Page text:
Company progresses through first stage of review by European Medicines Agency (EMA) regarding Scientific Advice for planned Phase 3 Program
BEVERLY, MA – April 23, 2019 (GLOBE NEWSWIRE) -- Innovation Pharmaceuticals (OTCQB:IPIX) (“the Company”), a clinical stage pharmaceutical company, is pleased to inform shareholders of a recent publication in the Journal of the American Medical Association (JAMA), a leading independent, international journal for medical professionals, detailing data from a clinical study1 on the effect of doxepin mouthwash or diphenhydramine-lidocaine-antacid mouthwash vs placebo on radiotherapy-related oral mucositis pain. A corresponding editorial2, titled, “The Search for an Effective Therapy and Pain Relief for Oral Mucositis,” accompanied the article. Both the published JAMA article and editorial are highly relevant for development of Brilacidin oral rinse under a U.S. Food and Drug Administration (FDA) Fast Track designation as a new drug candidate to decrease the incidence of severe Oral Mucositis (OM) in Head and Neck Cancer (HNC) patients receiving chemoradiation.
The clinical study recruited 275 patients randomized 1:1:1 to receive: doxepin; diphenhydramine-lidocaine-antacid; or placebo mouthwash. Both active mouthwashes assessed in the study proved to be of minimal help during the first 4 hours after administration in treating radiation-induced mucositis. While statistically improvements were observed in relation to pain scores, they were not deemed clinically important (minimal clinically important difference was a 3.5-point change). Compared with placebo, diphenhydramine-lidocaine-antacid led to a 3.0-point improvement (95% CI 0.1-5.9, P=0.004) while the doxepin mouthwash led to a 2.9-point improvement (95% CI 0.2-6.0, P=0.02). Doxepin but not diphenhydramine-lidocaine-antacid mouthwash was also associated with drowsiness, unpleasant taste, and higher frequency of stinging or burning than placebo.
The accompanying editorial emphasized the study’s limitations: “The distinction between statistical significance and clinical importance is relevant in this study, and the findings suggest that pain relief was short-term and limited among many of the patients.” Closing with the observation: “[T]he search for an effective, safe therapy for oral mucositis and its associated pain needs to continue.”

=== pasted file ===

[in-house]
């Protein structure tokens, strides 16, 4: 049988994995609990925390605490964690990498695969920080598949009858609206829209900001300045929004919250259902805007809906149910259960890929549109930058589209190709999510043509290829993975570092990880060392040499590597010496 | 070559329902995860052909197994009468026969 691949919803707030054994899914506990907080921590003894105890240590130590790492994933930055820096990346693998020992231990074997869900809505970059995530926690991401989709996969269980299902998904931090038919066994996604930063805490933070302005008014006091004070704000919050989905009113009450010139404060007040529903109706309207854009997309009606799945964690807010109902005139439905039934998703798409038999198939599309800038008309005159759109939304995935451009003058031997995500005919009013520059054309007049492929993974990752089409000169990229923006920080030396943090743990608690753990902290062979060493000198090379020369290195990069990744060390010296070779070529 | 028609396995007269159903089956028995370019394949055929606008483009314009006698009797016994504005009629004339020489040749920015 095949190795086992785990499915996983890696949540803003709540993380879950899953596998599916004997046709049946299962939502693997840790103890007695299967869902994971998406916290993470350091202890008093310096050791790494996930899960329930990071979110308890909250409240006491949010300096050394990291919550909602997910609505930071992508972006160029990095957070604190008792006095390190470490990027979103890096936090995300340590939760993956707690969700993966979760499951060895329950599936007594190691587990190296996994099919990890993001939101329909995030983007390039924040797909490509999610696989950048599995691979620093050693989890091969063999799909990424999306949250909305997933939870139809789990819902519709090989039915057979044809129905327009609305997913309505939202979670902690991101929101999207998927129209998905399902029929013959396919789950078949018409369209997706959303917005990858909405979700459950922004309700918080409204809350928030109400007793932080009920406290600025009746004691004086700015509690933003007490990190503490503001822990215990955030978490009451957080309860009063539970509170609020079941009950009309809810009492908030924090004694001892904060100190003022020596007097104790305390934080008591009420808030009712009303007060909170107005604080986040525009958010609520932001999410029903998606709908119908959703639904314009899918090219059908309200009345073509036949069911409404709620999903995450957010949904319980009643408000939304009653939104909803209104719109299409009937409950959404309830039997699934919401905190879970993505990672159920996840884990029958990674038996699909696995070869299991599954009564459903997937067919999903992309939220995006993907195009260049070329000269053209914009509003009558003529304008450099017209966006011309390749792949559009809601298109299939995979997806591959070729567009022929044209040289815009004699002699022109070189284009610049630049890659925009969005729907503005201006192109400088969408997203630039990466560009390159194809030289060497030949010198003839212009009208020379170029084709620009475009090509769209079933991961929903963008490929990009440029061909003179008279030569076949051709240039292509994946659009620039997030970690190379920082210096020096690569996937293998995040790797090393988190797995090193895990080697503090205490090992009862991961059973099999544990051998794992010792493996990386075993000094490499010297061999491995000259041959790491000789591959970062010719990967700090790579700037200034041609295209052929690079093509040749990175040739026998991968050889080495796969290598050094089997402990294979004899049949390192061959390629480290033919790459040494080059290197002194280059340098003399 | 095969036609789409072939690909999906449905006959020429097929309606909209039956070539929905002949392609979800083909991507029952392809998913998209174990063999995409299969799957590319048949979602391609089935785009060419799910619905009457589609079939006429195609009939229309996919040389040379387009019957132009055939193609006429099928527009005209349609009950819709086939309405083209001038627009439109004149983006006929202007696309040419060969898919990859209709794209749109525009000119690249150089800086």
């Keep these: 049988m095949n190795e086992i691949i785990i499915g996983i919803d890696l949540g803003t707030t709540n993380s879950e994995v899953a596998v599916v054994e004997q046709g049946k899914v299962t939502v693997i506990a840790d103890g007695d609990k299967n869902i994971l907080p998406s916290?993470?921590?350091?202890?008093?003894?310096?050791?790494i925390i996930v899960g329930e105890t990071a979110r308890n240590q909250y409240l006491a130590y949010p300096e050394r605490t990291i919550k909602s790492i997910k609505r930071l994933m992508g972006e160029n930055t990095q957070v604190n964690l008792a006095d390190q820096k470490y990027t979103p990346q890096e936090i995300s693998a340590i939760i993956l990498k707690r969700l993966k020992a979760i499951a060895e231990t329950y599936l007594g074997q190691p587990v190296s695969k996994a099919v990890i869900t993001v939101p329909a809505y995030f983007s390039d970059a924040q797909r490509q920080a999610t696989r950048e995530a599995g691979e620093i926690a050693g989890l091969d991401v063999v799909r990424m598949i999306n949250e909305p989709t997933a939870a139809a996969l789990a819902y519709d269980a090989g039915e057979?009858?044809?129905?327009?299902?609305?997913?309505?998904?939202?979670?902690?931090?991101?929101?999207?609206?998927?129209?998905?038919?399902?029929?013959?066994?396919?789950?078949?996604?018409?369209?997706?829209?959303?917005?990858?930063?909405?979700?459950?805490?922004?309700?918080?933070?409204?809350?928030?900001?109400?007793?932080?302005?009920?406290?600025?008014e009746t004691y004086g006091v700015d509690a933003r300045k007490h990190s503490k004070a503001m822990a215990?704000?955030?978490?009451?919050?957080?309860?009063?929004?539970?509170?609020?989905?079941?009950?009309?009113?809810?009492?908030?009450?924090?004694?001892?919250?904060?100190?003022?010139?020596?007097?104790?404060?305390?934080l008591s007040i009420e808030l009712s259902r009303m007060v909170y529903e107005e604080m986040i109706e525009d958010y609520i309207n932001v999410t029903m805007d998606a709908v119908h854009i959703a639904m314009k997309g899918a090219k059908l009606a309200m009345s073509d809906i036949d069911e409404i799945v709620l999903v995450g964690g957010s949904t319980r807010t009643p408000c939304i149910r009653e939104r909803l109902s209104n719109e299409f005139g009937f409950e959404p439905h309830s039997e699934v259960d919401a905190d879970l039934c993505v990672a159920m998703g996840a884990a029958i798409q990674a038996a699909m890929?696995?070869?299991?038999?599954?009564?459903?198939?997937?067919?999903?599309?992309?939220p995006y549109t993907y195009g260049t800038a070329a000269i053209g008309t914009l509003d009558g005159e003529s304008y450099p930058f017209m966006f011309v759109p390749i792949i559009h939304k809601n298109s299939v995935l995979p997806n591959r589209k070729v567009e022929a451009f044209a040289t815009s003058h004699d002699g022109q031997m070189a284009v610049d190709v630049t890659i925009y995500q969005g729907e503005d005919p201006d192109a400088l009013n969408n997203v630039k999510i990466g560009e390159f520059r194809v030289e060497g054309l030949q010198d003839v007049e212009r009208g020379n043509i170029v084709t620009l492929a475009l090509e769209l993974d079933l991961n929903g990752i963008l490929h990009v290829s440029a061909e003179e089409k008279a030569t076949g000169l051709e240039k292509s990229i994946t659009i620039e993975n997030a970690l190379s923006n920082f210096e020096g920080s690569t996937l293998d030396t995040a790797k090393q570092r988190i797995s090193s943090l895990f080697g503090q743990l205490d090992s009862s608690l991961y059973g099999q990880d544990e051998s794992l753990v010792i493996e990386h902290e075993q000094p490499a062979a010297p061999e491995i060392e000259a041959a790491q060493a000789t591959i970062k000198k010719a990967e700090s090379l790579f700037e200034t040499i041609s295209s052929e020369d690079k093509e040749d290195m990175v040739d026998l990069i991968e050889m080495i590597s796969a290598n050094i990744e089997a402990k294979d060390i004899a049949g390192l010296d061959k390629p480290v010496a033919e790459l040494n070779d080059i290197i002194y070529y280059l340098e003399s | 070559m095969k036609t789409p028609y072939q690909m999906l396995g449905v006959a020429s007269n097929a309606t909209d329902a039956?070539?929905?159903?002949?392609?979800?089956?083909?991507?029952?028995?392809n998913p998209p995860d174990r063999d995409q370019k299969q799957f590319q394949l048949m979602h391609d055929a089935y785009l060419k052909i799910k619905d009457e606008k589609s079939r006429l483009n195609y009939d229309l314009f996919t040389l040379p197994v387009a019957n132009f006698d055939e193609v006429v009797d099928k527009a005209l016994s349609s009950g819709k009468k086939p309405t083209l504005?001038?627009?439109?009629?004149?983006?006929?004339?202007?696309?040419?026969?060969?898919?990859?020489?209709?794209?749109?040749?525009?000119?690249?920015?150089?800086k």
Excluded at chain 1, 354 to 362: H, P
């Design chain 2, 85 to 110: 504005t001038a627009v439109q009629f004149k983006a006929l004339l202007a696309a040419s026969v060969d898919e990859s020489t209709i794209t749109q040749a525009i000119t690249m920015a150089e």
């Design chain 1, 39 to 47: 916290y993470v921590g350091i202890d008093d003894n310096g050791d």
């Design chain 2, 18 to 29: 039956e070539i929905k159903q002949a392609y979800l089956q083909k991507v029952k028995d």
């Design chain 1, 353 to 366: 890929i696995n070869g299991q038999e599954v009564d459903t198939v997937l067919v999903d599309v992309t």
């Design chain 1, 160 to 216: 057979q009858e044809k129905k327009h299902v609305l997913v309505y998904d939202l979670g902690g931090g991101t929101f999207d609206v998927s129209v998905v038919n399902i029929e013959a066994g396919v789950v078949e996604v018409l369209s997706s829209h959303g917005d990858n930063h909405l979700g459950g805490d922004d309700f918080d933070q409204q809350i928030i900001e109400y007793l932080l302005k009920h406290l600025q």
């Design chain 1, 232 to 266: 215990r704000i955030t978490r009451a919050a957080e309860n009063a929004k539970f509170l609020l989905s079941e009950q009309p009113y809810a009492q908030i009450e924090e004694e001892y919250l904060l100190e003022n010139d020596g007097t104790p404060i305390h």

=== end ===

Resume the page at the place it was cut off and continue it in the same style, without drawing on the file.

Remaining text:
“As the JAMA mouthwash study results show, it’s an ongoing tragedy that cancer patients must currently rely on, at best, minimally effective short-term symptom relief when trying to manage their oral mucositis,” said Arthur P. Bertolino, MD, PhD, MBA, President and Chief Medical Officer at Innovation Pharmaceuticals. “Our clinical testing of Brilacidin oral rinse in Head and Neck Cancer patients undergoing chemoradiation, to date, has shown that it markedly decreases the incidence of severe oral mucositis. This is in stark contrast to the limited benefit provided by the mouthwashes in the quoted article, a current common treatment approach, as well as the similarly minimally beneficial, largely palliative, coating agents in clinical use. A potentially transformative treatment, Brilacidin, after years of largely ineffective treatment attempts by others, may be on the cusp of helping to solve this global unmet need in cancer care.”
The Company continues to build upon its recent productive End-of-Phase 2 meeting with the FDA through ongoing interaction with the European Medicines Agency (EMA). The first stage of review by the EMA regarding the Company’s application for Scientific Advice was recently completed. The Company looks forward to advancing its planned Phase 3 clinical development for the Brilacidin oral rinse program, in both the United States and Europe.
About Brilacidin Phase 2 Results in Treating Severe Oral Mucositis
The Company’s Brilacidin oral rinse demonstrated a strong therapeutic benefit in patients receiving an aggressive chemotherapy regimen (cisplatin administered 80-100 mg/m2, every 21 days), which currently is the standard of care. In this patient population, the incidence of SOM was reduced to 25.0% in the modified Intent-to-Treat (mITT) population, versus 71.4% of patients on placebo. In the Per Protocol (PP) patient group, incidence of SOM dropped to 14.3% for patients receiving Brilacidin oral rinse, compared to 72.7% among those receiving placebo.
The completed Phase 2 study met its primary endpoint, showing a reduction of SOM incidence versus placebo, as well as beneficial treatment effects in reducing the duration of SOM and in delaying the onset of SOM.
Linked below is information, published in a blog on the Company’s website, elaborating on how Brilacidin is positioned compared to other investigational Oral Mucositis drugs currently in clinical development.